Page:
The Foundation and the CGSC Department of Command and Leadership co-hosted the annual Fort Leavenworth Ethics Symposium April 24-25. This was the eighth symposium in the series, which dates back to 2009. In previous years, the symposium was conducted as an elective for CGSOC credit but in 2017, we conducted the event for the entire CGSOC class. While I was personally a bit nervous about the logistics of a symposium that large, our team was able to pull it off without a hitch. The Foundation’s support to the annual ethics symposium grew out of an additional duty of the General Hugh Shelton Distinguished Visiting Chair in Ethics, which is sponsored by an endowment from the Ross Perot Foundation.
Each year, the symposium has a theme to guide the participants. This year, the theme was “The Ethics of Future Warfare.” Past themes were “Ethical and Legal Issues in Contemporary Conflict” (2009); “Exploring the Professional Military Ethic” (2010); “Applying the Military Ethic” (2011); “The Ethics of Vicarious Warfare” (2012); “Professional Ethics and Personal Morality” (2014); “The Professional Ethic and the State” (2015); and “The Ethics of Humanitarian Military Operations and Intervention” (2016). In 2013, the symposium was scheduled for October but was postponed because of the government shutdown that year. A year later CGSC went back to one class per year so holding the event in the spring made more sense.
We were pleased to see 27 papers presented as well as three panels – two from the Army War College Future Warfare Center and one from the Center for Army Profession and Ethics (CAPE). Past symposia were conducted over three days and averaged about 125 participants (an average of 75 students and 50 faculty, paper authors and others from outside the college) so we had more time to get into depth with the panels and paper presentations. This year, we had 57 participants from outside CGSC registered on the Foundation’s ethics symposium website, so the event continues to draw interest. For instance, this year, a CGSC graduate working in his key development position as a battalion operations officer submitted a paper and was sponsored by his unit to attend so the symposium continues to grow in status and reputation.
We had two guest speakers this year, the first on April 24 as an opening speaker after Lt. General Michael Lundy, the commanding general of Fort Leavenworth/Combined Arms Center, opened the conference. Dr. James Crupi spoke to the students and fielded questions as the first speaker and Dr. French gave the closing remarks on the 25th to summarize the conference. Staff groups closed out the symposium with wrap-around sessions to put together final thoughts on the topic and what they need to take forward with them back to the field. As part of the closing event, DCL awarded two writing awards to the top two papers as chosen by an evaluation board. The Foundation partnered with the Henry Leavenworth Chapter of AUSA to sponsor the awards to provide the monetary award along with an engraved crystal paperweight. We wanted to thank our evaluation board and our partners for sponsoring the award and we want to congratulate the two winners, CGSC student Maj. Francisco Hernandez who won first prize for his paper “A Leader’s Duty in Tragedy and Loss,” and CGSC faculty member Dr. Richard Berkebile who won second prize for his paper entitled “Secession and Jus Ad Bellum.”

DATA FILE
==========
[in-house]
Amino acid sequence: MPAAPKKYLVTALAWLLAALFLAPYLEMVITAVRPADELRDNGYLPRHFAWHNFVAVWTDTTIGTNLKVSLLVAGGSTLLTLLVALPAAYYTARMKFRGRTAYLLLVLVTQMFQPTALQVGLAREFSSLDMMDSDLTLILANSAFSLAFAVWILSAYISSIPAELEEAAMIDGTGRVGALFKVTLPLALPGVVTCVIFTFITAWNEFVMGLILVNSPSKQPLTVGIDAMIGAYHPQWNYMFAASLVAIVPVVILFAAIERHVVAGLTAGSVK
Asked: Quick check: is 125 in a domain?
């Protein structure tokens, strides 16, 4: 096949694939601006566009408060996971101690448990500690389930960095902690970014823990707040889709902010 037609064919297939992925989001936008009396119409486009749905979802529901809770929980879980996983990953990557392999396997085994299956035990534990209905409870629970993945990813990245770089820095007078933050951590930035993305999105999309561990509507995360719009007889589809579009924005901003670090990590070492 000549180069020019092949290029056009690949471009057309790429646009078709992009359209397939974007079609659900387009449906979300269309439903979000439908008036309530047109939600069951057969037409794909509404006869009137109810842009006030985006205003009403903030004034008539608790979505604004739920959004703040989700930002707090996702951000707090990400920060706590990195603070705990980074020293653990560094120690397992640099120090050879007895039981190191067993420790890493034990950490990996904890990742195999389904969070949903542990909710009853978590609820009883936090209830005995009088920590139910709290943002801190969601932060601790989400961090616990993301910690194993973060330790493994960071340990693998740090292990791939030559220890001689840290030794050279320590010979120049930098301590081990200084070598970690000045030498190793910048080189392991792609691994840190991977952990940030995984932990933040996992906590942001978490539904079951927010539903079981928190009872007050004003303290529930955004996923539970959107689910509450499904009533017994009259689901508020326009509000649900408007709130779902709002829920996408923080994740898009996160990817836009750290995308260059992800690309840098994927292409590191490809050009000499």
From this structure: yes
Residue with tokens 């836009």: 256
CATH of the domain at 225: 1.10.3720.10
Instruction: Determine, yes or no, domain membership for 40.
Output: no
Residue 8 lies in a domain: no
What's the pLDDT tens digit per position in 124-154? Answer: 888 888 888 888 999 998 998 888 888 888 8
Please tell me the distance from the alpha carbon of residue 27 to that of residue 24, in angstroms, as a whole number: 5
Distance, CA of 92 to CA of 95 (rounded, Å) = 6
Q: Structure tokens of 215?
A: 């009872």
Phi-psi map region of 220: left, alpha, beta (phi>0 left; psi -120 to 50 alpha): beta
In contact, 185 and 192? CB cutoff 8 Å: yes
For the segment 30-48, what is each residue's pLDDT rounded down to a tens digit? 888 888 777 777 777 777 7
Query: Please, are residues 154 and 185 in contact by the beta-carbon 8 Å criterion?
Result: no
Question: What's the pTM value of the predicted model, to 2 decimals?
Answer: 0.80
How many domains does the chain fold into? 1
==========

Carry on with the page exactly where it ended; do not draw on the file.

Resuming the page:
Students were asked for immediate input and the final AAR will be conducted in mid-May so that we can learn the lessons of this symposium and put together a much-improved 9th annual ethics symposium in 2018. The high level overview of the results from student input showed the following:
- Initial Guest Speaker – Dr. Crupi: “Not great, missed the mark.”
- Panels: “Really good.” – The Center for Army Profession and Ethics panel had the best feedback of the three panels.
- Breakouts: “Really good, need to do some quality control on presenters though.”
- Final Guest Speaker – Dr. French: “Nailed it.” – Dr. French received fantastic reviews.
- Future: “Less time in initial Guest Speaker Program, more time in breakouts.”
We need to thank all of the paper presenters for your research and effort; there were some really great papers submitted. Thanks to the panel members for your thoughts and contributions. A special thanks to Chaplain (Major) Jeff McKinney for his overall effort in putting this together, it was a herculean effort that showed great results. Finally, I’d like to thank Dr. French, the Shelton Chair, for her remarks and her support to the overall ethics program at CGSOC. The Foundation is pleased to support scholarship at CGSC by enhancing the academic experience and we believe we hit the mark!
Chief Executive Officer
CGSC Foundation, Inc.
In the photo above, from left: Foundation CEO Doug Tystad, Director of CGSC’s Department of Command and Leadership Dr. Ted Thomas, CGSC student Maj. Francisco Hernandez (first place winner of best paper), CGSC faculty member Dr. Richard Berkebile (second place winner of best paper), General Hugh Shelton Distinguished Visiting Chair of Ethics Dr. Shannon French, and CGSC ethics instructor Chaplain (Maj.) Jeff McKinney.
Visit the CGSC Foundation Flickr site for more photos from the symposium: